So poly is bad, and in to out vapour diffusion is a myth : what about wet rooms?
If read enough articles about the dreaded old school polyethylene vapour barrier that it is likely not a good idea for most walls of my building (zone 5.5, 2X6 wall with 2″ xps). If I go dense pack cellulose, will likely have to use membrain to appease the inspector (or convince him the special paint is ok).
Even with all of this bad press, does poly still have a place in my zone? I routinely see it specced on the attic sealing (just above the drywall)by well informed people, is that still the norm? Why is the ceiling different?
Also should walls/ceilings be treated differently in frequently used bathrooms with showers? I have seen my share of moldy corners on the drywal ceiling of showers, so i know there can be a moisture issue, even if ventilated to/above code. Is poly or a vapour retarder/barrier a good idea for bathrooms? Are there any other tricks (eg paint) to keep the moisture from penetrating the drywall?
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Q. "Does poly still have a place in my zone?"
A. That depends -- where do you live? I have never heard of Climate Zone 5.5. Certainly, polyethylene has many uses. It should almost always be installed under a concrete slab.
Q. "I routinely see it spec'd on the attic sealing (just above the drywall) by well informed people. Is that still the norm? Why is the ceiling different?"
A. Polyethylene above ceiling drywall usually causes no problems in Climate Zone 5 or Climate Zone 6, but it is unnecessary. Most moisture problems in attics are caused by air leakage, not vapor diffusion, so the important thing is to make sure that you have a ceiling air barrier.
Q. "Also should walls/ceilings be treated differently in frequently used bathrooms with showers? I have seen my share of moldy corners on the drywall ceiling of showers, so I know there can be a moisture issue, even if ventilated to/above code."
A. There are two reasons for the type of mold you describe. Neither reason has anything to do with polyethylene. (1) This type of mold is often due to high indoor humidity, which is often a result of insufficient bathroom ventilation (due to a missing exhaust fan, failure to use the exhaust fan, or an exhaust fan that performs poorly). (2) A second possible cause for this type of mold, especially in a cold climate, is missing or thin ceiling insulation. If the drywall is cold, it can become a condensing surface, leading to mold.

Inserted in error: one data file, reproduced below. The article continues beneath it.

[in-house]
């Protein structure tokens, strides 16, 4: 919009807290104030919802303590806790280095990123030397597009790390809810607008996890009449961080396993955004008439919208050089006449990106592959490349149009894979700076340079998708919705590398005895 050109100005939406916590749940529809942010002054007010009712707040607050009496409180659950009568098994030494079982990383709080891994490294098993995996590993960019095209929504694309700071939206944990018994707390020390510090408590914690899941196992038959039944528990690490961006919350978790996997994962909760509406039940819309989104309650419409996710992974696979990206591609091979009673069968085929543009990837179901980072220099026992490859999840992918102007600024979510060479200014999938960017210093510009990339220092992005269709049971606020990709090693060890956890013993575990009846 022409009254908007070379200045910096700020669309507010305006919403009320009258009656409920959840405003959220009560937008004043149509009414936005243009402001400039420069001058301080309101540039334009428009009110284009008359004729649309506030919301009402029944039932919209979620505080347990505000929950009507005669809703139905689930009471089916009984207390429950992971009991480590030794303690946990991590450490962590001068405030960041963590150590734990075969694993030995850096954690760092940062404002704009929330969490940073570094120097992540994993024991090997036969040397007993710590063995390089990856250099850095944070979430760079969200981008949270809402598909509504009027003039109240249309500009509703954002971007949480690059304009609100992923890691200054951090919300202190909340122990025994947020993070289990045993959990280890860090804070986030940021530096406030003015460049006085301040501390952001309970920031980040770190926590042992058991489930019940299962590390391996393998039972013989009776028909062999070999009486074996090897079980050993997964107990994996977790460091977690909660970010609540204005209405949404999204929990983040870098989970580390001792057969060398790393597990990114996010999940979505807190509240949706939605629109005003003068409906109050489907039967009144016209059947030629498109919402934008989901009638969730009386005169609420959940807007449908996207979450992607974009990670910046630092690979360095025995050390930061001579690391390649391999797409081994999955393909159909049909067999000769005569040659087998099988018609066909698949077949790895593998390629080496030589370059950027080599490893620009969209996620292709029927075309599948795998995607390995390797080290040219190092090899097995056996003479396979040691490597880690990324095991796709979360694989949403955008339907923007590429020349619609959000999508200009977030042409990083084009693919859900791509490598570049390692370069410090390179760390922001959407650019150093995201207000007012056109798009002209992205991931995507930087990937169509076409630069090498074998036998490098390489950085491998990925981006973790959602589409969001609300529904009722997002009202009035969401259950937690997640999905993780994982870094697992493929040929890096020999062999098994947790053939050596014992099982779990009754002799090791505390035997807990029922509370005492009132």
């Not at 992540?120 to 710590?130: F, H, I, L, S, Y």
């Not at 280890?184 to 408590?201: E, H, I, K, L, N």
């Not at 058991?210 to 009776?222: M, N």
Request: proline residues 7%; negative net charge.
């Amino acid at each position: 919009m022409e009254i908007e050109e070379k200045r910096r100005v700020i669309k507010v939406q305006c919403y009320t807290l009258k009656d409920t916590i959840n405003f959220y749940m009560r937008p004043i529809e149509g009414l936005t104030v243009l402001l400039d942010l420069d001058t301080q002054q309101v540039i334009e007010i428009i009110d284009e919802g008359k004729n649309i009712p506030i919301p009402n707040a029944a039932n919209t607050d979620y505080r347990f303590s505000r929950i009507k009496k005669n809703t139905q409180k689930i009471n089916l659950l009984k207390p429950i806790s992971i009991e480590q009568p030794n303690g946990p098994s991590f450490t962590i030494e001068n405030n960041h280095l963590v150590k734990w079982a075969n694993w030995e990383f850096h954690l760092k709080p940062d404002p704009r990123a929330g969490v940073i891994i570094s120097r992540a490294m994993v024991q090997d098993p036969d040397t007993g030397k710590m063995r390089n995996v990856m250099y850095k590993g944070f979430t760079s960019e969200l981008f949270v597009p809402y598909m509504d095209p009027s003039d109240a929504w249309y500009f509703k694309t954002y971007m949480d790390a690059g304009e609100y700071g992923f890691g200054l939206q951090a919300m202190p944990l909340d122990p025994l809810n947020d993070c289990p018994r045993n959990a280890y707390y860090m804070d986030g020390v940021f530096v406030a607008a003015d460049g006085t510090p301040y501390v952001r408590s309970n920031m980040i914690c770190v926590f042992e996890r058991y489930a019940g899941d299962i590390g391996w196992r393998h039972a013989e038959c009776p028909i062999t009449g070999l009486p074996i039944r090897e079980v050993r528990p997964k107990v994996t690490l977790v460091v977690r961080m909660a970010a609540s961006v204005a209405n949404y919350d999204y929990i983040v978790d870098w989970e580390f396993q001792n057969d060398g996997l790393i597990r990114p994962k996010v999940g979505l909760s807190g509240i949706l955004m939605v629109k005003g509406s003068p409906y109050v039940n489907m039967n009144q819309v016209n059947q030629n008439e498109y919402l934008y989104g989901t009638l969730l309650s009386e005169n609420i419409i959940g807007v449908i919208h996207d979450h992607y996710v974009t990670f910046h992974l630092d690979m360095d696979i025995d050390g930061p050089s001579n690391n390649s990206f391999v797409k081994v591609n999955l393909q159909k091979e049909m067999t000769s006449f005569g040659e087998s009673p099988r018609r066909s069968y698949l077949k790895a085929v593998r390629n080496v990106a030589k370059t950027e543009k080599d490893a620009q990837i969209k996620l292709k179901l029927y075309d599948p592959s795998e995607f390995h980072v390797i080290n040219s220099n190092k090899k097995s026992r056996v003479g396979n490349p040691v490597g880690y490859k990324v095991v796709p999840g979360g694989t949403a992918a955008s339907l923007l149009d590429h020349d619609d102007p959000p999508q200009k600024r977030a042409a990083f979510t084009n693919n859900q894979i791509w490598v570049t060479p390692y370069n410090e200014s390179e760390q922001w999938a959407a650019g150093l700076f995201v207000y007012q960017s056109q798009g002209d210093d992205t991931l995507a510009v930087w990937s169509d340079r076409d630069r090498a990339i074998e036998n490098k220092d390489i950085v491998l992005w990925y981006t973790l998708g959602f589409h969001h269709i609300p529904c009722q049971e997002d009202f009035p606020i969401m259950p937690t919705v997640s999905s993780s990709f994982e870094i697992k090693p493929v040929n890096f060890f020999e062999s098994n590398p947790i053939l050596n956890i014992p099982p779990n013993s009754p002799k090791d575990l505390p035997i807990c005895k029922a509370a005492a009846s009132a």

Q. "Is poly or a vapor retarder/barrier a good idea for bathrooms?"
A. The answer depends on your geographical location. To learn about code requirements, see these articles:
Vapor Retarders and Vapor Barriers
Do I Need a Vapor Retarder?
It should also be pointed out that tub areas and shower areas often need a moisture barrier to prevent problems related to splashing. If you plan to install tile around your tub or shower, you need to follow specific requirements to avoid problems related to water from the showerhead.
Thanks Martin. Zone 5 is probably the best estimate.
Maybe it's common to install poly on ceilings because it gives the illuision of an easy instant air barrier?
I am aware of the tile requirements. A few manufacturers even make "systems" to solve the water problem in showers (Schluter-Kerdi comes to mind). They are quite pricey from my research to date.
There are number of anachronistic building practices that persist because of the way the construction process is typically structured. In Canada using poly as an air and vapour barrier falls into that category.
The main advantage of using it as an air-barrier is that it can be inspected and tested as a discrete activity prior to the wall and ceiling finishes being installed, and it can be installed by a separate trade responsible for its integrity. It is also easy to detail openings and penetrations.
So while it may not have any use, or even be detrimental, as an interior vapour-barrier, I don't think it's fair to characterize it as "giving the illusion of an easy instant air barrier". After all, the tightest house ever tested used poly for that purpose.